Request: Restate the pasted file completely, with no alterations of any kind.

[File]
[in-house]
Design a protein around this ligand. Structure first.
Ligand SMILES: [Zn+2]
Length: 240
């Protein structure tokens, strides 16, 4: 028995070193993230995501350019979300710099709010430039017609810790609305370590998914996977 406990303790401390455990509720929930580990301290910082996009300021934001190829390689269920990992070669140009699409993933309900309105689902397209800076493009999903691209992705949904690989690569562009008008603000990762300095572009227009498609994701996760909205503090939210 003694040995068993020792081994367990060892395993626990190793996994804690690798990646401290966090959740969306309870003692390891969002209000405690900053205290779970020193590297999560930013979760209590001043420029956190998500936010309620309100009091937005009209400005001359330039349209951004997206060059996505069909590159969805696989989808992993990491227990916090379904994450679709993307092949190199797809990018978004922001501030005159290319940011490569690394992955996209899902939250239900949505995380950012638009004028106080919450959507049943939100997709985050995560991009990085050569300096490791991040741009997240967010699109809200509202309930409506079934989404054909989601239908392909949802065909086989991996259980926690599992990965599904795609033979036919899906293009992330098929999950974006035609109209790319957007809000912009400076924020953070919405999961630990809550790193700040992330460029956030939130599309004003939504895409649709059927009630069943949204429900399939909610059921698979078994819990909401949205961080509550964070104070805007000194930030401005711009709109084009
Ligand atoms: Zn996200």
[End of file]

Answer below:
[in-house]
Design a protein around this ligand. Structure first.
Ligand SMILES: [Zn+2]
Length: 240
């Protein structure tokens, strides 16, 4: 028995070193993230995501350019979300710099709010430039017609810790609305370590998914996977 406990303790401390455990509720929930580990301290910082996009300021934001190829390689269920990992070669140009699409993933309900309105689902397209800076493009999903691209992705949904690989690569562009008008603000990762300095572009227009498609994701996760909205503090939210 003694040995068993020792081994367990060892395993626990190793996994804690690798990646401290966090959740969306309870003692390891969002209000405690900053205290779970020193590297999560930013979760209590001043420029956190998500936010309620309100009091937005009209400005001359330039349209951004997206060059996505069909590159969805696989989808992993990491227990916090379904994450679709993307092949190199797809990018978004922001501030005159290319940011490569690394992955996209899902939250239900949505995380950012638009004028106080919450959507049943939100997709985050995560991009990085050569300096490791991040741009997240967010699109809200509202309930409506079934989404054909989601239908392909949802065909086989991996259980926690599992990965599904795609033979036919899906293009992330098929999950974006035609109209790319957007809000912009400076924020953070919405999961630990809550790193700040992330460029956030939130599309004003939504895409649709059927009630069943949204429900399939909610059921698979078994819990909401949205961080509550964070104070805007000194930030401005711009709109084009
Ligand atoms: Zn996200």